The British feel-good comedy BLINDED BY THE LIGHT is all about the legendary musician Bruce Springsteen. But many of the creatively staged individual scenes are better than the film as a whole. We reveal more about this in our review.
A perfect couple.
The plot summary
Teenager Javed (Viveik Kalra) is originally from Pakistan before immigrating to the UK with his family. In 1987 he lives in the English city of Luton and dreams of a career as a poet and writer. Amid the ethnic and economic unrest of the time, he writes poetry to escape the intolerance of his hometown and the indomitability of his conservative father (Kulvinder Ghir). When a classmate (Aaron Phagura) plays him the music of Bruce Springsteen, Javed sees parallels in Springsteen’s haunting lyrics to his own working-class life. Jared discovers a liberating outlet for his repressed dreams and finds the courage to express himself in his very own voice.
Blinded by the Light Movie Meaning & ending
But “Bohemian Rhapsody” did some damage there too! Since Dexter Fletcher’s Queen biopic shattered all advance estimates last year and became one of the most successful films of 2018 around the world, also winning four Oscars and becoming the most-watched and highest-grossing screen portrait of all time, music-oriented feel-good films have been on the rise like mushrooms from the ground. Admittedly, some of these were at least in planning before the “Bohemian Rhapsody” triumph. Nevertheless, one can speak with a clear conscience of a trend to which the Kenyan director Gurinder Chadha (“Kick it Like Backham”) is adding another representative. After “Rocketman” and “Yesterday,” now comes “Blinded by the Light,” the coming-of-age story by Bruce Springsteen superfan Sarfraz Manzoor based on true events. In fact, the three-person team of authors consisting of Gurinder Chadha, her regular co-author Paul Mayeda Berges (“The Star of India”) and Sarfraz Manzoor (“The Dark Side of Porn”) himself manage to get through the actually ordinary life of the Pakistani-born teenager to fill Bruce Springsteen’s powerful songs with life. But ultimately, “Blinded by the Light” remains a coming-of-age film like any other, with hardly anything new to add to the good old “Believe in yourself, then you can do anything!” message.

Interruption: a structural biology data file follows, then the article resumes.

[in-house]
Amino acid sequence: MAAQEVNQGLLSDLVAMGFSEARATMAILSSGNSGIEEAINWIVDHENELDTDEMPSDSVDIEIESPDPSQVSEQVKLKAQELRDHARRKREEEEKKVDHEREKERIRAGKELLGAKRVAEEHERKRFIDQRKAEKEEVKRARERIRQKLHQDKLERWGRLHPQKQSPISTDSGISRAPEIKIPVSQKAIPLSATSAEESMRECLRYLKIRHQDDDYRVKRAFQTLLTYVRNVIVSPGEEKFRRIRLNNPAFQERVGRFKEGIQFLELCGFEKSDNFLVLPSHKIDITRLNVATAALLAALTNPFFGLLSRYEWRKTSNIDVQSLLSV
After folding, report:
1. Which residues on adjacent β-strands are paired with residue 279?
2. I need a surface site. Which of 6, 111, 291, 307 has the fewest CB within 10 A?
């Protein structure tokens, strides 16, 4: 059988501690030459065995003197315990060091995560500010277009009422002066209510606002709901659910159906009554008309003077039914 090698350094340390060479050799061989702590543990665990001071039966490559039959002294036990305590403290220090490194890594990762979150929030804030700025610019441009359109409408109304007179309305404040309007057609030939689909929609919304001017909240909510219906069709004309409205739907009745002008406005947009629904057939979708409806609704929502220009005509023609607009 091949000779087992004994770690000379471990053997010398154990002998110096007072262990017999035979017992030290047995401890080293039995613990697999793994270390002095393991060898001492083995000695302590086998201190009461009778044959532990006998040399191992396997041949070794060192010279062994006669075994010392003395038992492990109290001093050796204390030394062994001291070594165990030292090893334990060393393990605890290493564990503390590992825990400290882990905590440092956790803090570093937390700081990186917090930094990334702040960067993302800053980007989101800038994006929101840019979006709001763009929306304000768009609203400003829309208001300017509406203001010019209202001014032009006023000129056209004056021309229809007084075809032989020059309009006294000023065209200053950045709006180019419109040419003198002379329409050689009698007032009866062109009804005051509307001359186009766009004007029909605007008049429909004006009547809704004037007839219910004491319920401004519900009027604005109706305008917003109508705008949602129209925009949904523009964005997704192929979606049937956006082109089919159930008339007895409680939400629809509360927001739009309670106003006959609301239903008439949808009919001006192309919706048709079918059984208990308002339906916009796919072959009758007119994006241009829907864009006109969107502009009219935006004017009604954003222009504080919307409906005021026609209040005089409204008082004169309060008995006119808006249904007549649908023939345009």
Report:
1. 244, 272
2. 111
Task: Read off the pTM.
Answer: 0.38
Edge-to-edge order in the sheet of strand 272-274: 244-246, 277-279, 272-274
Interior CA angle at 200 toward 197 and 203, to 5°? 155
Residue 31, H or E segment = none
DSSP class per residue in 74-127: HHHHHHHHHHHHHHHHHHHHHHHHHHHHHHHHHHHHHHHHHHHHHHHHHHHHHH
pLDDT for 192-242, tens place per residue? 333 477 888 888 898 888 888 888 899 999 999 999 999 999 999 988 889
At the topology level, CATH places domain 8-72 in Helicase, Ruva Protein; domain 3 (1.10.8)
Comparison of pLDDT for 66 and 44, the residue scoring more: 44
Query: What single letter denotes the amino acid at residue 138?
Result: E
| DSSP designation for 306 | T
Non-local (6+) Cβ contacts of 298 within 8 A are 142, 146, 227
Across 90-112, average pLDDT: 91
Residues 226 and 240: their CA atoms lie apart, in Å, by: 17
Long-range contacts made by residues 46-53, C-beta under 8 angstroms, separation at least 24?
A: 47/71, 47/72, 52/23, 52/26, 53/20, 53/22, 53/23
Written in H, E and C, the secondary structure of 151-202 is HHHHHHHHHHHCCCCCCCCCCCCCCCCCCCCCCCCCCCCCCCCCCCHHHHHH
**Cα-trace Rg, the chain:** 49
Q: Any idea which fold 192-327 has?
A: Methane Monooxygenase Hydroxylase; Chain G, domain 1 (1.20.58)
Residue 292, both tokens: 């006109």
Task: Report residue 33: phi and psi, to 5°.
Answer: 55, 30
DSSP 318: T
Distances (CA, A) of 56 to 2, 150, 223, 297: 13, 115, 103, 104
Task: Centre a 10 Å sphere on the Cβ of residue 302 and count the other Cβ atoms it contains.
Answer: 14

When Javed (Viveik Kalra) sings a serenade to his chosen one, Eliza (Neil Williams), the bystanders get carried away.
“Blinded by the Light” has some outstandingly rousing (musical) sequences to offer and is also strongly carried away by the catchy, catchy soundtrack, which begins with the Pet Shop Boys and from then on a Bruce Springsteen song follows fires at the other. You have to imagine the scenes in which the thoughts of the protagonist Javed, embodied by Viveik Kalra (“Next of Kin”) between dreamy and rebellious , synchronize with the content of the songs like this: in an emotionally tense moment – regardless of whether it is positive or negative nature – the young man listens to the sounds of the “Boss” and suddenly his surroundings come to life as if by magic. Then suddenly the pages with Javed’s poems that had just flown through the open window dance through the darkness in the light of the street lamps (“Dancing in the Dark”) or a picture montage of Javed’s journey to Bruce Springsteen’s birthplace of Long Branch, New Yersey is accompanied by the eponymous “Blinded by the Light” while the dazzling sunlight shines into the faces of Javed and his best friend Roops. It’s exciting to see how the makers find a scenic equivalent for every big Bruce Springsteen hit and sometimes even drift into musicalesque. However, this only applies to the production, for example when Javed makes a musical declaration of love to his beloved Eliza (Neil Williams) at a flea market and the next moment everyone around begins to be carried away by the music. The characters always know whether they are singing or talking and, at inappropriate moments, consider this to be appropriately bizarre.